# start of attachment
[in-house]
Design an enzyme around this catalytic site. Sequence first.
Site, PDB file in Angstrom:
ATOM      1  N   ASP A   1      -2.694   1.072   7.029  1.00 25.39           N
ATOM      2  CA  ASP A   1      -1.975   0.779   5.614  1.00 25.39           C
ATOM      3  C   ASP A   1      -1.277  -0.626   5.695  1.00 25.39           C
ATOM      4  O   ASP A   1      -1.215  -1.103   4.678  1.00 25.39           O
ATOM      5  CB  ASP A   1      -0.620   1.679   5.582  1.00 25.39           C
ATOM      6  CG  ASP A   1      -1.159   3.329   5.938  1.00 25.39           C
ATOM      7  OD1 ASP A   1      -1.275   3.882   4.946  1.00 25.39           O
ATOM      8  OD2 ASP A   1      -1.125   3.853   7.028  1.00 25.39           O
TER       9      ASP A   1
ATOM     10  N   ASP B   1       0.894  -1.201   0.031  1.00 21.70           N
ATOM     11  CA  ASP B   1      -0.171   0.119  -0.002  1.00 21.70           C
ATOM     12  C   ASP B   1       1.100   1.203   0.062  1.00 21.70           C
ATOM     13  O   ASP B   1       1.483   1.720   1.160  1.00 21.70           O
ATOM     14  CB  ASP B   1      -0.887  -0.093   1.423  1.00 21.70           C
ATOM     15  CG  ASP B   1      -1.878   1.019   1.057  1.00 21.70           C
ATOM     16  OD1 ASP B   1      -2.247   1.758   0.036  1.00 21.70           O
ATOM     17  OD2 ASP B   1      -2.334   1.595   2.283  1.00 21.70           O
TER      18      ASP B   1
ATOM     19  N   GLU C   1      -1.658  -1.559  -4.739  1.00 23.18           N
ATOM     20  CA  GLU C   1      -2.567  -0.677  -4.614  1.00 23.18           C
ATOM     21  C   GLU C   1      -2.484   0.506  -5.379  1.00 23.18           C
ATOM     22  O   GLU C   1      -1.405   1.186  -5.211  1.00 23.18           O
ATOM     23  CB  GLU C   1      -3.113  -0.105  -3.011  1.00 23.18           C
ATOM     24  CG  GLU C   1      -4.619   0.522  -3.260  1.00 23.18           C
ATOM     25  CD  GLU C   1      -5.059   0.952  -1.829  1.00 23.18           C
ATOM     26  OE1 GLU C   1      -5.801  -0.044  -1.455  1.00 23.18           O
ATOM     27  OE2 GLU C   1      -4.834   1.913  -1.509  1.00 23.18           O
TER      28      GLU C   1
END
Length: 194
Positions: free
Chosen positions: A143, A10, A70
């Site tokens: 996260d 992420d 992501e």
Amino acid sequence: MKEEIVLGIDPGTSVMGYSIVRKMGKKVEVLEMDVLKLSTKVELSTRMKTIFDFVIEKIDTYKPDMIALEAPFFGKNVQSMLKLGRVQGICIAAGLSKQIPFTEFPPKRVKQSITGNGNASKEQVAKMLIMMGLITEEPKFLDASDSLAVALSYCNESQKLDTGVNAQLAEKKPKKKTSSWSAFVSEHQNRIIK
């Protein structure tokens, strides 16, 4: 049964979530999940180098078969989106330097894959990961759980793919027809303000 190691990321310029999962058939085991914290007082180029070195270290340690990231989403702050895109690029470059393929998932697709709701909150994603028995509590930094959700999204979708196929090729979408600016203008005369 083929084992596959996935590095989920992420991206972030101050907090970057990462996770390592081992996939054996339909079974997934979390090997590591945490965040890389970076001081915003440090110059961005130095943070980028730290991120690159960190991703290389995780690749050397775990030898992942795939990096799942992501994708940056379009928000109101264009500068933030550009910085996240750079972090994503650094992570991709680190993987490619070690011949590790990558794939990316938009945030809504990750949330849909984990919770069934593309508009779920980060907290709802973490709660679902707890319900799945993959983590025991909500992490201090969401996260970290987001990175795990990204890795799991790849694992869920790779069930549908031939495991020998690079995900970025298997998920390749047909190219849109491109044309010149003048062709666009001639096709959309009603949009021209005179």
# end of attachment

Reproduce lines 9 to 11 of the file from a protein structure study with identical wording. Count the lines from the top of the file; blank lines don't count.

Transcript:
ATOM      6  CG  ASP A   1      -1.159   3.329   5.938  1.00 25.39           C
ATOM      7  OD1 ASP A   1      -1.275   3.882   4.946  1.00 25.39           O
ATOM      8  OD2 ASP A   1      -1.125   3.853   7.028  1.00 25.39           O